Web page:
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But Where Is a Hallucinator’s Perceptual Justification?

  • Heather Logue
Chapter
Part of the Studies in Brain and Mind book series (SIBM, volume 6)

Abstract

Sam sees a tomato on the table before her, and sees its redness. Call this situation ‘the good case’. In virtue of seeing the tomato and its redness, Sam is justified in believing that there is a red tomato before her—at least, that’s what we ordinarily think. However, it is possible for Sam to have a subjectively indistinguishable experience in which she sees a tomato, but doesn’t see its color (e.g., an illusory experience in which the subject sees a white tomato bathed in red light), or in which she doesn’t see anything in her environment at all (e.g., a total hallucination “as of” a red tomato). Call these situations ‘the bad cases’. In light of such possibilities, it’s hard to resist the conclusion that Sam’s good case experience bestows no more justification on the claim that there is a red tomato before her than it does on (e.g.) the claim that there is a white tomato bathed in red light before her. So how can Sam’s belief that there is a red tomato before her be perceptually justified? (As is well known, a structurally similar problem can be raised about whether Sam’s perceptually-based belief amounts to knowledge.)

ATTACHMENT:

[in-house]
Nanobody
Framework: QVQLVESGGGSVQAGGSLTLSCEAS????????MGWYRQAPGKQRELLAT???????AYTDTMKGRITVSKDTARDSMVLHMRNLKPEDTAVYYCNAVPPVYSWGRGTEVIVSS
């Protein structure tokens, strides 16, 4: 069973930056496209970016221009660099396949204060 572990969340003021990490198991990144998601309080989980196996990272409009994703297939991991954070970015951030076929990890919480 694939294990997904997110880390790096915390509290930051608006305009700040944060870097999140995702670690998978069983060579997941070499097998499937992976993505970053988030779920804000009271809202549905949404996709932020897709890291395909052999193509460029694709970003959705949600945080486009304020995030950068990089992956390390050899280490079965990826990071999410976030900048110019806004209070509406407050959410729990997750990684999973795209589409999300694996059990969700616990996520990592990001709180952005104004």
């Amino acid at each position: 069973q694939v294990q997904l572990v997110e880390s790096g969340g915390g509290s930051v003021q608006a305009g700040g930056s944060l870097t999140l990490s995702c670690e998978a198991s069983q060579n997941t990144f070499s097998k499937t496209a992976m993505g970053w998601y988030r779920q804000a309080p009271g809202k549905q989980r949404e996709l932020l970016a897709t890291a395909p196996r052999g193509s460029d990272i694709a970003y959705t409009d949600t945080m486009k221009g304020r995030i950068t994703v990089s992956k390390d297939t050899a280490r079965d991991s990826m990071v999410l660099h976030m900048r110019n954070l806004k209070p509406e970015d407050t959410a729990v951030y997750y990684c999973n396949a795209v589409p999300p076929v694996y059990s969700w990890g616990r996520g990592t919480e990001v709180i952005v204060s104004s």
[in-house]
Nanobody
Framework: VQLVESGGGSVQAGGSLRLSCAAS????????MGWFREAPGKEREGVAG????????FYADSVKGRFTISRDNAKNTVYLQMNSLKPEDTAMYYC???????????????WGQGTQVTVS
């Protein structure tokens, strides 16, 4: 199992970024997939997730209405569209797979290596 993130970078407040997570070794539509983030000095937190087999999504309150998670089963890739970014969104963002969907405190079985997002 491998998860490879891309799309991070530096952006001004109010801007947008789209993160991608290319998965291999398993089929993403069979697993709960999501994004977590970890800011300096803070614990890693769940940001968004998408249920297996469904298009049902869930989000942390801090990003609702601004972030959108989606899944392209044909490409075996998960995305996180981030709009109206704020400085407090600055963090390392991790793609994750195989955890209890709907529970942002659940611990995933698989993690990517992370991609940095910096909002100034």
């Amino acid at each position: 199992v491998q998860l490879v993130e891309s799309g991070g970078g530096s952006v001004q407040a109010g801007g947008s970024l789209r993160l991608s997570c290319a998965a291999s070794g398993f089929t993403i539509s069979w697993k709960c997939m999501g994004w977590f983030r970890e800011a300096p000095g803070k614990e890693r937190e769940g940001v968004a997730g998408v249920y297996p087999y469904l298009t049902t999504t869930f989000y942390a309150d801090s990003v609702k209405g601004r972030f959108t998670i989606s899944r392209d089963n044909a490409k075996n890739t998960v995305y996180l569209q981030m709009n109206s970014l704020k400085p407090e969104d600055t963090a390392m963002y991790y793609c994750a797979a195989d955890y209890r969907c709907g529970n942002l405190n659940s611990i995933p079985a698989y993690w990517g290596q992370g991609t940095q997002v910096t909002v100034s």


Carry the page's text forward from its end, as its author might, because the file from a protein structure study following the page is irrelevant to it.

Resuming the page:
Keywords

Perceptual Experience Case Experience Rational Psychology Perceptual Justification Epistemological Disjunctivism 
These keywords were added by machine and not by the authors. This process is experimental and the keywords may be updated as the learning algorithm improves.

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Copyright information

© Springer Science+Business Media Dordrecht 2014

Authors and Affiliations

  1. 1.School of Philosophy, Religion, and History of ScienceUniversity of LeedsLeedsUK

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